After graduating from the University of Michigan, he became a consultant to his family's tool business. He worked as a corporate attorney for his family's business for a year, before being elected to the Michigan House of Representatives in 2008.[17][18]

Michigan House of Representatives[edit]

Election[edit]

Amash ran for the Michigan House of Representatives in 2008 in Michigan's 72nd House District. During this time, he donated to the campaigns of Congressman Ron Paul and John McCain.[citation needed] In the Republican primary, he won a five candidate election with 41% of the vote, defeating opponent Ken Yonker by 723 votes, a 6.3% margin. The incumbent, Glenn D. Steil, Jr., did not run because of term limits.[19] In the general election, Amash defeated Democrat Albert Abbasse 61%–36%.[20]

Tenure[edit]

During his initial tenure in the State House, Amash sponsored 5 resolutions and 12 bills, but none of them passed.[21] He used his social media Facebook page to report on his floor votes and explain his reasoning. Amash was noted for his attendance record.[22]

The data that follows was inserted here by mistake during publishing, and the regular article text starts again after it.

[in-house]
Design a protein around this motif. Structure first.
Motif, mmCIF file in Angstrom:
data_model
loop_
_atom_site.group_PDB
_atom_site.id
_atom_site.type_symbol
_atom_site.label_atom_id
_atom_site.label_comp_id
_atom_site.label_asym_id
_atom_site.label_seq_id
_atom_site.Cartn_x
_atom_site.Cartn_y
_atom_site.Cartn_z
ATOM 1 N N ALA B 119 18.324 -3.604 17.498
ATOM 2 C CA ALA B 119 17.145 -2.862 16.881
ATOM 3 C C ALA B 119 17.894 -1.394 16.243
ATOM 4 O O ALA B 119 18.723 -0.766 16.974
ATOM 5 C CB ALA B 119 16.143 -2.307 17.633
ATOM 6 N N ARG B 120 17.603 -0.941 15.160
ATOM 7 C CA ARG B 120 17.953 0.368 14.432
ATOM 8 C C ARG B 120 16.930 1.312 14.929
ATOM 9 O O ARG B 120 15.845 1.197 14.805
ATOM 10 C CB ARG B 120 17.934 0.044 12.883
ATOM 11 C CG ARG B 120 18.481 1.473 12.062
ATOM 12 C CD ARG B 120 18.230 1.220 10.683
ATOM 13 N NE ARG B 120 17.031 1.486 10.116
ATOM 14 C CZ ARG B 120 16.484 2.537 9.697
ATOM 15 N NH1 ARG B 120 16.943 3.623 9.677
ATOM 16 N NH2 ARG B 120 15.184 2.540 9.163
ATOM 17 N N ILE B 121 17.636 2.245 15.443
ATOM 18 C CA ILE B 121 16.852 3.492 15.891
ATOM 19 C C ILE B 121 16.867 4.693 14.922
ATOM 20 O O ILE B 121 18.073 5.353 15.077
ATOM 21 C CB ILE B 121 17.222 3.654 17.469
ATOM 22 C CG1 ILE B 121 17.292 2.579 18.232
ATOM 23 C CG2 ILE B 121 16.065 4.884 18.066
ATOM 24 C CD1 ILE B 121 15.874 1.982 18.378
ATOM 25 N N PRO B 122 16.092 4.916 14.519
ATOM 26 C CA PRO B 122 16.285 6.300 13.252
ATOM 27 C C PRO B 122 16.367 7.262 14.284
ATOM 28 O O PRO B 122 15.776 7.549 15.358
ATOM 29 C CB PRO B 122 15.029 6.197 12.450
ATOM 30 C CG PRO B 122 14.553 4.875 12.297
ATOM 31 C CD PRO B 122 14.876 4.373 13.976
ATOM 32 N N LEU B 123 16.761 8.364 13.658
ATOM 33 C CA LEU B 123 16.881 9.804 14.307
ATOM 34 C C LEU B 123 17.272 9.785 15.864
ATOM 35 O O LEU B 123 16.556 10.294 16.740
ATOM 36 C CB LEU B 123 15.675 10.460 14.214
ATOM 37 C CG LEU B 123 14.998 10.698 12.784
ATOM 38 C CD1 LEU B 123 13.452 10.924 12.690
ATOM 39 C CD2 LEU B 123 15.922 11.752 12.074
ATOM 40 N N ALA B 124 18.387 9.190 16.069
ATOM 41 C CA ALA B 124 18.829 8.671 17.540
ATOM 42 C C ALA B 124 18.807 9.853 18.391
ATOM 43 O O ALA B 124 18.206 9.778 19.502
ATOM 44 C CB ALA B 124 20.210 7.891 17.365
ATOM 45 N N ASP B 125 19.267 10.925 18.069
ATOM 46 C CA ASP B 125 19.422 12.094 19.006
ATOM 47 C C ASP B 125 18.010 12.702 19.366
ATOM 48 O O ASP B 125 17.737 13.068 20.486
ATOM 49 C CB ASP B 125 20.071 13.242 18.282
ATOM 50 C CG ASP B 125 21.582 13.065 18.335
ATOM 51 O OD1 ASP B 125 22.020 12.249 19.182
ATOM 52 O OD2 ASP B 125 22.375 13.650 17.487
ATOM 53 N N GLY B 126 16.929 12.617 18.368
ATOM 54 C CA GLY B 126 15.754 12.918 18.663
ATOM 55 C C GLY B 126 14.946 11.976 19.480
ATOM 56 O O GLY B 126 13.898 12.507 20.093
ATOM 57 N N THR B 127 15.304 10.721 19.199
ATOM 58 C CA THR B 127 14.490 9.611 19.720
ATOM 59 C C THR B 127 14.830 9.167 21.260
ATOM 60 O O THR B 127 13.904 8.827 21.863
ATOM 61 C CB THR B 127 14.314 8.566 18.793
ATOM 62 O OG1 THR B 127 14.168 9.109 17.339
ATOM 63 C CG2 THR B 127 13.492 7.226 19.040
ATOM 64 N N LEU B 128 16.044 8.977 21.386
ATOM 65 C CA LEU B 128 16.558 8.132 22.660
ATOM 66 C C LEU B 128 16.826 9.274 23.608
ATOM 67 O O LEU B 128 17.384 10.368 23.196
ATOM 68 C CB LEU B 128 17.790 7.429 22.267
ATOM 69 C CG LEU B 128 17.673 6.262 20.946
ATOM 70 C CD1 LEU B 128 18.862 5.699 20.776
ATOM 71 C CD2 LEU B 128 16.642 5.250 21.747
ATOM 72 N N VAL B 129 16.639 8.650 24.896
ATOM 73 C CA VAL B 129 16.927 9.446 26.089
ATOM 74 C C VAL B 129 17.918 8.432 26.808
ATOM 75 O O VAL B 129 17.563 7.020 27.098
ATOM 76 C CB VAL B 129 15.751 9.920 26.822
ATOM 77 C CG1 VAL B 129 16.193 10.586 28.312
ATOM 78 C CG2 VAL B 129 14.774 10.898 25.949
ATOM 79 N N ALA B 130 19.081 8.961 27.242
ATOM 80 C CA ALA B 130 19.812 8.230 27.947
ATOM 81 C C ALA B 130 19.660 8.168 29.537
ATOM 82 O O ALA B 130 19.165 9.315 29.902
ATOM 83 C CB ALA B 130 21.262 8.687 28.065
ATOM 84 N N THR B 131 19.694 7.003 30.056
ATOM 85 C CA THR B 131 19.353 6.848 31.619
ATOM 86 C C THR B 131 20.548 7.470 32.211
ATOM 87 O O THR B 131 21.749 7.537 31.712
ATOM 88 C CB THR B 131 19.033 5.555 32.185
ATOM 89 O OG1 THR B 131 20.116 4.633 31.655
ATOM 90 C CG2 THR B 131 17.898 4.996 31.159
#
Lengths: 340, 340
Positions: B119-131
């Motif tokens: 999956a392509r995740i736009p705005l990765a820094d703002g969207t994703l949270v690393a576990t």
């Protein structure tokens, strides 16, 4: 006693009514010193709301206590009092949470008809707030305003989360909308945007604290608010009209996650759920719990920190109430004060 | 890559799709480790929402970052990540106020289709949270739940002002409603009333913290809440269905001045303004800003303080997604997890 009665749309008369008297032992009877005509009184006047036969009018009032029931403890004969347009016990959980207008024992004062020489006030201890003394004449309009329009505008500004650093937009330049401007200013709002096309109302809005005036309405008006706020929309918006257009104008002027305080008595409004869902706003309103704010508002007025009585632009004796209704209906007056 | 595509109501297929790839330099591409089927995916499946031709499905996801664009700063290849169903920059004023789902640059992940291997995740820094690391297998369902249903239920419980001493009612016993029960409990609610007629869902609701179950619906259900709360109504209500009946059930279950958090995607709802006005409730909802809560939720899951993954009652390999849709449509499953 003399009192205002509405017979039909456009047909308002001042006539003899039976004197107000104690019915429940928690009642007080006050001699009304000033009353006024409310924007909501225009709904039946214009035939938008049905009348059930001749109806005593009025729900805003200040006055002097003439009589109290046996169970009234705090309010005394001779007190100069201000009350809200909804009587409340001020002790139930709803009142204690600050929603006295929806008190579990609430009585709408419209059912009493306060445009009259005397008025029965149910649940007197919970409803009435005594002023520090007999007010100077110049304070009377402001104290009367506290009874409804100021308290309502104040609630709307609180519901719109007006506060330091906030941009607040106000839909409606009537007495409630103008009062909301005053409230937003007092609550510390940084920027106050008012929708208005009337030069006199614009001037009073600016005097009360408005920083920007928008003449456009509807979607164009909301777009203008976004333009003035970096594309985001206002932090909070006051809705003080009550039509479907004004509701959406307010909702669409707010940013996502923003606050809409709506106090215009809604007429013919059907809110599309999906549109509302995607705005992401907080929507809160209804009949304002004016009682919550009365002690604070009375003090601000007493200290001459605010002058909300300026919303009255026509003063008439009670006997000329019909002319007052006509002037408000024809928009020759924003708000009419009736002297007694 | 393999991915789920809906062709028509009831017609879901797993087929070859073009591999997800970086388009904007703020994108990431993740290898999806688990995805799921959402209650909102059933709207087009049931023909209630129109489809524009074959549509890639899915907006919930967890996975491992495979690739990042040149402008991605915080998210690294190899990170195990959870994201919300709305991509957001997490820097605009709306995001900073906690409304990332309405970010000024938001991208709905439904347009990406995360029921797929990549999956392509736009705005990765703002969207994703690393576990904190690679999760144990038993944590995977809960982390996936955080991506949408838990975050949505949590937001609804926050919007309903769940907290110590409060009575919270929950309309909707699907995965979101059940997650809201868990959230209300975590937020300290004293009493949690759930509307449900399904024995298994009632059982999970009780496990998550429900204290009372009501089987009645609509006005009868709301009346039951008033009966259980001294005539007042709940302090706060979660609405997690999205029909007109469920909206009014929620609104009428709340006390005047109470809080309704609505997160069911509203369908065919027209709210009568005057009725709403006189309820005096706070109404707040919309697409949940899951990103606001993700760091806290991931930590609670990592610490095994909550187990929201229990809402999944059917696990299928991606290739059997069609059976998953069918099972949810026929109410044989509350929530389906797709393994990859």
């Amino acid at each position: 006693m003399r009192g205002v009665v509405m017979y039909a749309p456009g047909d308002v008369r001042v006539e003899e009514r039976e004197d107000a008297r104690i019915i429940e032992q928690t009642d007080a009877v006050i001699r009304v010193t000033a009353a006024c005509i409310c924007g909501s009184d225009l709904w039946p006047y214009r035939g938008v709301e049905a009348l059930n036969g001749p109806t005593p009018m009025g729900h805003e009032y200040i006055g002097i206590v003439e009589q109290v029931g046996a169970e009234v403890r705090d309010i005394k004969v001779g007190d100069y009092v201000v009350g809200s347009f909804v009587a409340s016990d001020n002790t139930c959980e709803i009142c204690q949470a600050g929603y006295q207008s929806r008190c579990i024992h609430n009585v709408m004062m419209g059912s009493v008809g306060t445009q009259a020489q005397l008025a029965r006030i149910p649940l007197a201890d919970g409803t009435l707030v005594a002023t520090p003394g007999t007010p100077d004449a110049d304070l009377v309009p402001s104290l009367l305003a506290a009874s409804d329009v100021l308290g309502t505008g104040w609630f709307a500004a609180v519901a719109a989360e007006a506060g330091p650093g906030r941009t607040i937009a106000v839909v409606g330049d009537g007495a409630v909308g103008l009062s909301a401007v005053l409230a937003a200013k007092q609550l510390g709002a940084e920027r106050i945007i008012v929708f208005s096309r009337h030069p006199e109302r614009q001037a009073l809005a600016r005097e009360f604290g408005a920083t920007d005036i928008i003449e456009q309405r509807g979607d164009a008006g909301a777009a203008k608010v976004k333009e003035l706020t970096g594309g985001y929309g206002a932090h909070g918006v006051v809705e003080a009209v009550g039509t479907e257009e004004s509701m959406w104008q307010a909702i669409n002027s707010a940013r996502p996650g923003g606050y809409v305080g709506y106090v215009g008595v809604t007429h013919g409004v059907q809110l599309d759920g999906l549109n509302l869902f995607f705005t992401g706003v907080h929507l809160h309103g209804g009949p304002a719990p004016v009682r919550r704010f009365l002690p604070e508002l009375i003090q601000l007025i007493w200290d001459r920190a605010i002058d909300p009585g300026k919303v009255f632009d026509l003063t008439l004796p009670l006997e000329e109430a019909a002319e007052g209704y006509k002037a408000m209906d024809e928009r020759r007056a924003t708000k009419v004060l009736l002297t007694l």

U.S. House of Representatives[edit]

Elections[edit]

2010[edit]

In its October 25, 2010, issue, Amash was named one of Time magazine's "40 under 40 – Rising Stars of U.S. Politics".[23] At the age of 30, Amash was the youngest federal candidate in the United States on the list of new civic leaders.[15]

On August 3, 2010, Amash won the five-way Republican primary for the seat vacated by retiring Republican Vern Ehlers with over 40% of the vote. He was also endorsed by the Club for Growth,[24] Ron Paul,[25] and FreedomWorks PAC[26] during his primary campaign.

During the general election, Amash campaigned on a conservative platform.[14] Amash defeated Democrat Patrick Miles Jr. 60%–37% in 2010.[27]

2012[edit]

Amash won re-election to the U.S. House in 2012 for his second term, defeating Steve Pestka 53%–44%.[28][29]

2014[edit]

After initial speculation that he might run for the U.S. Senate, Amash confirmed that he would run for re-election to the House of Representatives in 2014.[30][31] Amash was endorsed by the fiscally conservative Club for Growth PAC, which spent over $500,000 supporting Amash in his Republican primary against former East Grand Rapids School Trustee Brian Ellis, who was endorsed by the U.S. Chamber of Commerce and spent more than $1 million of his own money on the race.[32][33][34]